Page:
By IPS News June 14, 2012
People in the small town of Caimanes in northern Chile will suffer severe health problems if water pollution produced by a tailings dam built by the Los Pelambres mining company is not cleaned up, experts warn.
Ironically, the Minera Los Pelambres has accused local residents who complained about the situation of creating a spurious conflict for private gain. The case comes to trial on Jun. 28.
“These are crimes against the local cultural heritage and society which violate human rights, and the state is responsible for failing to guarantee access to clean drinking water for the people of Caimanes and for letting a company expose them to lethal danger,” Patricio Bustamante, an archaeoastronomer who studies the astronomical beliefs and practices of ancient civilisations, told IPS.
Bustamante said the company’s copper mining operations in Valle del Choapa, 250 km north of Santiago, has had a negative impact on the community and has caused enormous losses to the local heritage, as 140 archaeological sites have been dug up and 500 stones bearing 2,000 engravings have been moved from their original positions.
But the worst thing, in the view of experts, is the construction and operation of the El Mauro tailings dam higher up in the Andes mountains. Seven kilometres long and 270 metres high, it is the largest toxic chemical dump in Latin America.
El Mauro, which means “place where water springs from” in a local indigenous language, is located eight kilometres upstream from the town of Caimanes.
According to studies by Bustamante, the tailings dam has not only destroyed the source of the Pupío brook, but has also caused the loss of groundwater, biodiversity and the last remnants of canelo (Drimys winteri) and white Chilean myrtle (Luma chequen) forests on the planet.
It is also a serious hazard to people living in the surrounding areas. If the dam were to collapse, people would have barely five minutes in which to escape to higher ground, but there is no early warning system.
What makes matters worse is the rate at which the tailings reservoir has been filled, taking only four years instead of the planned 25, with a mixture of toxic waste and water welling up from the ground.
The most important study on water pollution in Caimanes was carried out in November 2011 by Dr. Andrei Tchernitchin of the state University of Chile, who found high concentrations of toxic metals in several water courses.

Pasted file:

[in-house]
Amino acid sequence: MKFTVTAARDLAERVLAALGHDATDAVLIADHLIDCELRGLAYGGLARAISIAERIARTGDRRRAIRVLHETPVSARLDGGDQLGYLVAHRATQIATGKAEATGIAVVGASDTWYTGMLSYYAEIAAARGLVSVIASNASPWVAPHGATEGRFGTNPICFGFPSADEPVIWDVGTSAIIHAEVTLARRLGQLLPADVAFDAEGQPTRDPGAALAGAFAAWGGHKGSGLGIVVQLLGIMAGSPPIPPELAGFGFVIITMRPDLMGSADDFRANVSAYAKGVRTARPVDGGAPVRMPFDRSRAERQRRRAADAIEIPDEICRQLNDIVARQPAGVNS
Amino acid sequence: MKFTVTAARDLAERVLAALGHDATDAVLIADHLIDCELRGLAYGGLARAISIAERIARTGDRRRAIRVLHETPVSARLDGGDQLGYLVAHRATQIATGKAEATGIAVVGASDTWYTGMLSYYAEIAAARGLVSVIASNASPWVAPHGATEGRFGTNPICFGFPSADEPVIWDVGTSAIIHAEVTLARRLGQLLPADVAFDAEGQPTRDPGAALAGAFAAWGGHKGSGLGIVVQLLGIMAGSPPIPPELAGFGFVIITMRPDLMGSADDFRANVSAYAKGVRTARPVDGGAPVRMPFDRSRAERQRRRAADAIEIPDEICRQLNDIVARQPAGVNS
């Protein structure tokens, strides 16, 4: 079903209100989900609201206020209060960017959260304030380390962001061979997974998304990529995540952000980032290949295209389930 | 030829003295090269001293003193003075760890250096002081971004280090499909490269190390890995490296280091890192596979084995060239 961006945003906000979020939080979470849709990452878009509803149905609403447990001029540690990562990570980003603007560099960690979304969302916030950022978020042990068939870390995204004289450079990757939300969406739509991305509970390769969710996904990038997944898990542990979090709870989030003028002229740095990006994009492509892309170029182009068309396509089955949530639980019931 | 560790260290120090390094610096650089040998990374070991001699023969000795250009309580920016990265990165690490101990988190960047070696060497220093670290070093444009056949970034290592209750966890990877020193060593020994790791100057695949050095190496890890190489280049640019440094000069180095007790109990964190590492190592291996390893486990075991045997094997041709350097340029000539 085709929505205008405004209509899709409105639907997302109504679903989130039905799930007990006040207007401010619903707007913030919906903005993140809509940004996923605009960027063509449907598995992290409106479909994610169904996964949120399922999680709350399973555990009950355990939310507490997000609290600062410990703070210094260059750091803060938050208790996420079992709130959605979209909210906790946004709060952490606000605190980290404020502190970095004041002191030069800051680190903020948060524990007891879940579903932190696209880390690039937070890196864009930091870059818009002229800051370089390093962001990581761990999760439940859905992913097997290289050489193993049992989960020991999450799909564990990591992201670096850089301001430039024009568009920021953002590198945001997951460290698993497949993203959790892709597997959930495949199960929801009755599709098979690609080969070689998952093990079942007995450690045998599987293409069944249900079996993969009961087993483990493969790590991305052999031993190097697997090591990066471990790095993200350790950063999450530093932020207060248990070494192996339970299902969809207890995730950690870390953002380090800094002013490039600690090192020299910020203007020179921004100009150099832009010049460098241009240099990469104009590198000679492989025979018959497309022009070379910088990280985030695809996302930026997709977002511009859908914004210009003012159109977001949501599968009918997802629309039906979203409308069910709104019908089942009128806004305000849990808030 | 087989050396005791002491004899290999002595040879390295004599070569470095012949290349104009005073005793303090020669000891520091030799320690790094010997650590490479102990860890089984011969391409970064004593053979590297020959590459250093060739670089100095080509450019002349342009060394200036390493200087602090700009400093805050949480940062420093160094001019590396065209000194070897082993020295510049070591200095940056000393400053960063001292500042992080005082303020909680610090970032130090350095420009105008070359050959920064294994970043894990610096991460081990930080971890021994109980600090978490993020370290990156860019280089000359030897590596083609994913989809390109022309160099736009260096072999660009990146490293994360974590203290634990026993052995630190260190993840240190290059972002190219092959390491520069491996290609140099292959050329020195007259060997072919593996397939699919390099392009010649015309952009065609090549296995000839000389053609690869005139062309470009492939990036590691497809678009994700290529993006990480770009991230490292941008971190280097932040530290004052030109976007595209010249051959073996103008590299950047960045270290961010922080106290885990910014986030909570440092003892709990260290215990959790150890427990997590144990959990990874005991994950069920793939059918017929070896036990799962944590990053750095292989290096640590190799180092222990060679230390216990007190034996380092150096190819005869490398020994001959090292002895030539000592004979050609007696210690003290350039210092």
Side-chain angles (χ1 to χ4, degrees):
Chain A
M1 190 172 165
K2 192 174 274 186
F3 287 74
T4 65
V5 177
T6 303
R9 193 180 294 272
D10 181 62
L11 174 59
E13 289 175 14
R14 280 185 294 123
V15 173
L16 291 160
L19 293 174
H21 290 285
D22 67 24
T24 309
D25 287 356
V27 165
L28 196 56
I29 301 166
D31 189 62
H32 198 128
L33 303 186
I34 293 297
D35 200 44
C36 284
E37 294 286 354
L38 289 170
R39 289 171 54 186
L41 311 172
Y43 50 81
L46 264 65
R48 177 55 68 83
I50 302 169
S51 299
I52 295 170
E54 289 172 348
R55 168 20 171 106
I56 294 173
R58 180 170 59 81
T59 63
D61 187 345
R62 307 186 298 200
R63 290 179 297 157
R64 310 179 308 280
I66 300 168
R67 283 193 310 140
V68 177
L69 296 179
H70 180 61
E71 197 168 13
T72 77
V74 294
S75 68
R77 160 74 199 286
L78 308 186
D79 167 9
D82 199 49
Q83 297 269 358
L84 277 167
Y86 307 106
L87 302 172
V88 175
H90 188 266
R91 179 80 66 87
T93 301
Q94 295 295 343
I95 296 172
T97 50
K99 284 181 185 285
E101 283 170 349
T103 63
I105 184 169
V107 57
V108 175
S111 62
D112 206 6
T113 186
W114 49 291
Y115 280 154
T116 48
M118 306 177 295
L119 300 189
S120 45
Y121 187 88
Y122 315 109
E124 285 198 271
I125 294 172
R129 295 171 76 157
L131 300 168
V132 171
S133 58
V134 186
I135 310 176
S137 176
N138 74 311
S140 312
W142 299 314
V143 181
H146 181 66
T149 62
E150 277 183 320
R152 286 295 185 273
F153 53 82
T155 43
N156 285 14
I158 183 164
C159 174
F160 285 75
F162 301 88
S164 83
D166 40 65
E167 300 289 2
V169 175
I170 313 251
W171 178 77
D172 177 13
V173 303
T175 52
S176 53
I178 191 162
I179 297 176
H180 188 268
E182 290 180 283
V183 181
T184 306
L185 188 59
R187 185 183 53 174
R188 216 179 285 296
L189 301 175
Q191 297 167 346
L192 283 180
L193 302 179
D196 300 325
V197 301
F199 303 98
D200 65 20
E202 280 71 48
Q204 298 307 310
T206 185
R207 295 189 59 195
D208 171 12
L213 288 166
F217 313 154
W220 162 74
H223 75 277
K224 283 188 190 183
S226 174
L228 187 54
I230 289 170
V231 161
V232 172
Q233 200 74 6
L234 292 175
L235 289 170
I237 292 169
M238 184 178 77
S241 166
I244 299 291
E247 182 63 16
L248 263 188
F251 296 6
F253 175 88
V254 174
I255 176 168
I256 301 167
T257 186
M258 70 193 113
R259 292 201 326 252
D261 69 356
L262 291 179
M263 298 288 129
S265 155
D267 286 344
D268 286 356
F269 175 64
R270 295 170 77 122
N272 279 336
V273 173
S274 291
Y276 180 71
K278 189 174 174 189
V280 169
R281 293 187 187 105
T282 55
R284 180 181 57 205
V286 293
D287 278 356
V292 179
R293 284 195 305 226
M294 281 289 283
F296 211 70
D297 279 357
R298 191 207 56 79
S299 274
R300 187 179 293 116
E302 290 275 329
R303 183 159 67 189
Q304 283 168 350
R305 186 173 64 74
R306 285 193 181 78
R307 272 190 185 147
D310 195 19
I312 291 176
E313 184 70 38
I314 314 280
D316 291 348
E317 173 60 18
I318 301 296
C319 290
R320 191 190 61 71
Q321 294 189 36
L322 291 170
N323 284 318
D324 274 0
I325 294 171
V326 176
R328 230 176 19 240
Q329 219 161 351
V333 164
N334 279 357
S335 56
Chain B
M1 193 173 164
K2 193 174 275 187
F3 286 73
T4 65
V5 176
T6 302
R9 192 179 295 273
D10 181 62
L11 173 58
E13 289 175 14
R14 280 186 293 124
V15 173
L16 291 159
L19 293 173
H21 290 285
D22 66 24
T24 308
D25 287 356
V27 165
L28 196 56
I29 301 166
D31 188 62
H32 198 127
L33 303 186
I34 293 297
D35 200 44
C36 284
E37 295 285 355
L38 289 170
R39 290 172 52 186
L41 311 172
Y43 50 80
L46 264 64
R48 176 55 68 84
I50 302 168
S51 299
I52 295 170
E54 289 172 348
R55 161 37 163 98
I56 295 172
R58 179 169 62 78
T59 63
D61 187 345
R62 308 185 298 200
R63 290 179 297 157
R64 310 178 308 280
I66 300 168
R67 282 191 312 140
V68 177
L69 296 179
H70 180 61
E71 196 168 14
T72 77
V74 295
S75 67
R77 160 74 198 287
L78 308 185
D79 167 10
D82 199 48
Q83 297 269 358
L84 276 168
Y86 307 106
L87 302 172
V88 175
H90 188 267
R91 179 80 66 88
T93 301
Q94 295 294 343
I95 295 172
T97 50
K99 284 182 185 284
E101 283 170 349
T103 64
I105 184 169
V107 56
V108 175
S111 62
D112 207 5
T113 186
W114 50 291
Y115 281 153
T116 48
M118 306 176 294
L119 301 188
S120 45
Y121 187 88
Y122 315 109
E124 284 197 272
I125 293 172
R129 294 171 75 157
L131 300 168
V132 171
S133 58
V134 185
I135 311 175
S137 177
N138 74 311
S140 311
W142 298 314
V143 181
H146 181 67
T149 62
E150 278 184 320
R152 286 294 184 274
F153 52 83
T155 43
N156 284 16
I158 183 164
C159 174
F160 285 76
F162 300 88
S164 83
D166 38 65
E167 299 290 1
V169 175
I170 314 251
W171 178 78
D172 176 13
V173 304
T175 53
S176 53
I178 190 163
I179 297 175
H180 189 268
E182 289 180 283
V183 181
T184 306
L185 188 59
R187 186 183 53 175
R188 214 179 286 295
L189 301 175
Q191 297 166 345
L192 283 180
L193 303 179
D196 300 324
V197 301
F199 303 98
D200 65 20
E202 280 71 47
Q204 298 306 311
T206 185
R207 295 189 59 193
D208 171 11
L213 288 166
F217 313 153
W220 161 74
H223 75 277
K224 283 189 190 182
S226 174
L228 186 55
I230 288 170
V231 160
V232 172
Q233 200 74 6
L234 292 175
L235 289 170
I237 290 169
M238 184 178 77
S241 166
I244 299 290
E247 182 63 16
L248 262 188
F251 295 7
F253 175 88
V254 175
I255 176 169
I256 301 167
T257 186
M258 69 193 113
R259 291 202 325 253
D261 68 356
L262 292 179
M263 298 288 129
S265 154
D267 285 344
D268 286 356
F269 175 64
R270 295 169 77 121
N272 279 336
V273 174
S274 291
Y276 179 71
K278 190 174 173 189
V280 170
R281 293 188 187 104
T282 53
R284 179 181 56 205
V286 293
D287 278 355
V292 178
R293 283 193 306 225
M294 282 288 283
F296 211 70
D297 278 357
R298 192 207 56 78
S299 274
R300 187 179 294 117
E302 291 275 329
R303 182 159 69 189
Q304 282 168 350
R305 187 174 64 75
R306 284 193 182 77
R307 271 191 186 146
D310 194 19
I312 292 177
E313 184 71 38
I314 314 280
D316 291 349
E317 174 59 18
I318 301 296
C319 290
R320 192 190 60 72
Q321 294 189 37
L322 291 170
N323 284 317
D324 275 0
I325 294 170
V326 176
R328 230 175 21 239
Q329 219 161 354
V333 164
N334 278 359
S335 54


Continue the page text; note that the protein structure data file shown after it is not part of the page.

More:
“At the Caimanes bridge, the amount of iron was 50 percent higher than the permitted level, and manganese was at nearly twice the permitted level for drinking water,” Tchernitchin told IPS.
Based on these results, the scientist collected more samples. In analyses carried out in February 2012, he found manganese levels in a puddle a few centimetres above a stream that were much higher than international standards.
“The permitted level of manganese is 100 micrograms per litre, and we found 9,477 micrograms. The iron level was also 30 percent higher than the permitted level,” he said.
“This is extremely serious, because it means groundwater is being polluted quite near the town, a couple of kilometres away from the tailings dam, and the reservoir contents leaking out there are polluting not only the groundwater but also the brook,” he said.
He added that groundwater pollution could continue for five or 10 years, at which point drinking water would become contaminated.
He warned that if contamination continued at this rate, there would be serious consequences for the health of the local population. “Long-term exposure to manganese causes central nervous system diseases like psychosis, parkinsonism and dementia,” he said.
Tchernitchin, head of the Chilean Medical Association’s Commission for Health and Environment, said more research is needed, but stated that it is imperative “to compel the company” to clean up the water, even if this “is expensive, because I assume that whoever pollutes must take responsibility for cleaning up.”
He said he found it “strange” that samples taken by the company did not contain any of the pollutants found in his studies.
Minera Los Pelambres, which has been operating in the area for 10 years, belongs to the Luksic family, the wealthiest in the country and one of the richest in the world, according to Forbes magazine.
Back in 2006, the courts ruled in favour of the Caimanes community, in a trial that confirmed the pollution that the company is now denying. But a 25 million dollar settlement, divided between the owner of a large estate, Fernando Dougnac, a lawyer who had represented the community, and a group of local leaders, made it possible for the mining company to continue building the tailings dam.
Later, with a new team of lawyers, another lawsuit was brought against the mining company, local leaders, and the community’s previous attorney, for corruption. At the same time, 11 community members went on a hunger strike for 81 days.
In a counter-accusation, Minera Los Pelambres filed charges against the president of the Caimanes Defence Committee, Cristián Flores, and its lawyers for conspiracy and corruption. The mining company alleges that the committee is artificially stirring up a conflict with a view to financial gain.
“The difficulty is that the Minera (Los Pelambres) has brought lawsuits that are being investigated by a single prosecutor, who has never examined the company’s operations, yet upheld an accusation so baseless that even the police reports say there is nothing in it,” Sandra Dagnino, one of the lawyers accused by the company, told IPS.
She finds it inconceivable that the judge will not consider the report by Dr. Tchernitchin, endorsed by the University of Chile and the Chilean Medical Association, as valid evidence.
The trial, in which the defence will present close to 80 witnesses and Jean-Paul Luksic is expected to testify, was scheduled for Jun. 7 but has been postponed until Jun. 28.